TYLER – The University of Texas System Board of Regents today (May 15) authorized funds to support eight postdoctoral fellows in a biodefense collaboration between The University of Texas Medical Branch at Galveston (UTMB) and Sandia National Laboratories.
Regents approved $625,000 from Intermediate Term Fund (ITF) proceeds to be used toward the Biodefense Postdoctoral Fellowship program, which will provide fellowships to UTMB and Sandia for research aimed at countering biological threats. Funds will be distributed to UTMB in Fiscal Years 2008 and 2009.
“Advances in bioscience are essential as our nation faces an array of emerging bio-threats such as anthrax, West Nile virus and bird flu,” said Keith McDowell , vice chancellor for research and technology transfer with the UT System. “We are excited about UT System and Sandia working together to accelerate the translation of new solutions for our national defense.”
In 2005, the UT System and Sandia entered into a formalized relationship to enhance performance excellence and increase interactions and collaborations between Sandia and System institutions with an overarching goal to achieve a greater mutual impact on national security issues.
The total cost to seed the collaboration programs is $1,875,000. The remaining $1,250,000 is being funded from the Regents Research Scholars Program previously approved by the Board in November 2006. This investment in the partnership will have a significant long-term return both with respect to strengthening the partnership and to multiplying external funding of the core research areas.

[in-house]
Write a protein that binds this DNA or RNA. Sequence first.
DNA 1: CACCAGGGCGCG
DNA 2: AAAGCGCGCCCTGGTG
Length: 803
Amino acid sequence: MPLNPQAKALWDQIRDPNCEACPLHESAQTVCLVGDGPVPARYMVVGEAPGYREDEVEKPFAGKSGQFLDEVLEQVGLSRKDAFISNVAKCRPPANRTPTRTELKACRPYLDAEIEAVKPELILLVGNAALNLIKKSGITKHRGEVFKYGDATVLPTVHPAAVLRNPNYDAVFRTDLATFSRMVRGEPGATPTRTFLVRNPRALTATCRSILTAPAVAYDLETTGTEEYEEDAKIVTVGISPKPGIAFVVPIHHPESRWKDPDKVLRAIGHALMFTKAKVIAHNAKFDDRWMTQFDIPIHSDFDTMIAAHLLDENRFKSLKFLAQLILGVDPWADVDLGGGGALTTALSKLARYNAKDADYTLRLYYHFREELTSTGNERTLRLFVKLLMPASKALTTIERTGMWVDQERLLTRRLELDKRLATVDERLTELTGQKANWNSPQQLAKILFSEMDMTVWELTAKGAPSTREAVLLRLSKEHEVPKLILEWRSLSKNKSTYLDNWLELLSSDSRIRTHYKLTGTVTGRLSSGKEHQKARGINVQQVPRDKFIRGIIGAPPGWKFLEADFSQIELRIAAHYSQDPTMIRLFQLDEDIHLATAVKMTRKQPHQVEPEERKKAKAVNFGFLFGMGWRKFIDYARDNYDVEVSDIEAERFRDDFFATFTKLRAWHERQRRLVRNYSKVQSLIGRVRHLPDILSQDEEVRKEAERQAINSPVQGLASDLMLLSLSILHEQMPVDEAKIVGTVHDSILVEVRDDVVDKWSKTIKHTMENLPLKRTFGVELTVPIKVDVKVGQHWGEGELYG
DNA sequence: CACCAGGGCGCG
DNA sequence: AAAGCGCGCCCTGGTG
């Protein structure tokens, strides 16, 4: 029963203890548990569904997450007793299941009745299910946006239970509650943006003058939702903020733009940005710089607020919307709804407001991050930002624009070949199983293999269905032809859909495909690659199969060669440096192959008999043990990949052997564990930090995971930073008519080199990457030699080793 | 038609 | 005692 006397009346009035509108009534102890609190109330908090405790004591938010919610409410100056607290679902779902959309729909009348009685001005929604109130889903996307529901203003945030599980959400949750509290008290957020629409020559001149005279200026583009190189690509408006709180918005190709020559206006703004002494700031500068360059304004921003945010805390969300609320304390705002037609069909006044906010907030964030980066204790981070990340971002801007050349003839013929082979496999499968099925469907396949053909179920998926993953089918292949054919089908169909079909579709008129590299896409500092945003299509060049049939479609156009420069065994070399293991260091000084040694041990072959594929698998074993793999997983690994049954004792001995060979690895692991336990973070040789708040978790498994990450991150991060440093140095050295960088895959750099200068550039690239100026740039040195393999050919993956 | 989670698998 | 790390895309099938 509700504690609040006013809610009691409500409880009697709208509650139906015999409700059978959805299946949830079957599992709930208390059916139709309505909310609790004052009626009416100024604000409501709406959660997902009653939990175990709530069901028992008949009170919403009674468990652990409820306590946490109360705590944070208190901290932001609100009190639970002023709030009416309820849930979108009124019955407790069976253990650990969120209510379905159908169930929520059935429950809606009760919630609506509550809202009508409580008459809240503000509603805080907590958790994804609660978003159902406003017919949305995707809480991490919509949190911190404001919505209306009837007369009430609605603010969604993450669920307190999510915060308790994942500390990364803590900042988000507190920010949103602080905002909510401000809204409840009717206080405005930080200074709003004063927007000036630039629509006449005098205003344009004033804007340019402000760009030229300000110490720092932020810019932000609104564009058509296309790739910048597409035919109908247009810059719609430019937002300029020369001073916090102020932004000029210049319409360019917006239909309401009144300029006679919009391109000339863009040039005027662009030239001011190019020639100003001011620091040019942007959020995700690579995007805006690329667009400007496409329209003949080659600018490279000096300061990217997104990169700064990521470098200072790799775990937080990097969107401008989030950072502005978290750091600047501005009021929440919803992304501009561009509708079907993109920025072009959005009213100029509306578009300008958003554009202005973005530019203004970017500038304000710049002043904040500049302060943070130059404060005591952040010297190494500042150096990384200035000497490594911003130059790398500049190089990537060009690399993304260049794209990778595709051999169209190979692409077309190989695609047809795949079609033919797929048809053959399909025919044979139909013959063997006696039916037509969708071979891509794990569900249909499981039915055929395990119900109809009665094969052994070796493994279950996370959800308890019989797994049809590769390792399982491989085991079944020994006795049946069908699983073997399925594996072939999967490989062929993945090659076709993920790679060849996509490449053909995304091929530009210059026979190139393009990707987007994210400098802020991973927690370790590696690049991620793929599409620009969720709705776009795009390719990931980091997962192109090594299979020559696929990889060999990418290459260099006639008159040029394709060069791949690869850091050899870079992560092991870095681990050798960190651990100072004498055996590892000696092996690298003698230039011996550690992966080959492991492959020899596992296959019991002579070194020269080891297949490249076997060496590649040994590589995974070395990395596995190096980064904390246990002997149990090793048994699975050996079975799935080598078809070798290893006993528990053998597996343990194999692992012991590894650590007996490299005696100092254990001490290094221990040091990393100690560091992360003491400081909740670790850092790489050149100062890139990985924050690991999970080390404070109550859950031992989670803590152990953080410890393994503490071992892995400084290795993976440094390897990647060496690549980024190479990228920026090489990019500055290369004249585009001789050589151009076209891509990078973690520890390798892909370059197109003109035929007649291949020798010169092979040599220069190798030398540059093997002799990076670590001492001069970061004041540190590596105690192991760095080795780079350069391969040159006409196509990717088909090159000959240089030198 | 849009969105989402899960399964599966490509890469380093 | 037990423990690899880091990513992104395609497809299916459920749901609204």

About the University of Texas System
Serving the educational and health care needs of Texans for more than 125 years, the UT System is one of the nation’s largest higher education systems with 15 campuses – including nine academic and six health institutions – and an annual operating budget of $10.7 billion (FY 2008). Student enrollment exceeded 194,000 in the 2007 academic year. The UT System confers one-third of the state’s undergraduate degrees and educates three-fourths of Texas health care professionals. With more than 80,000 employees, the UT System is one of the largest employers in Texas.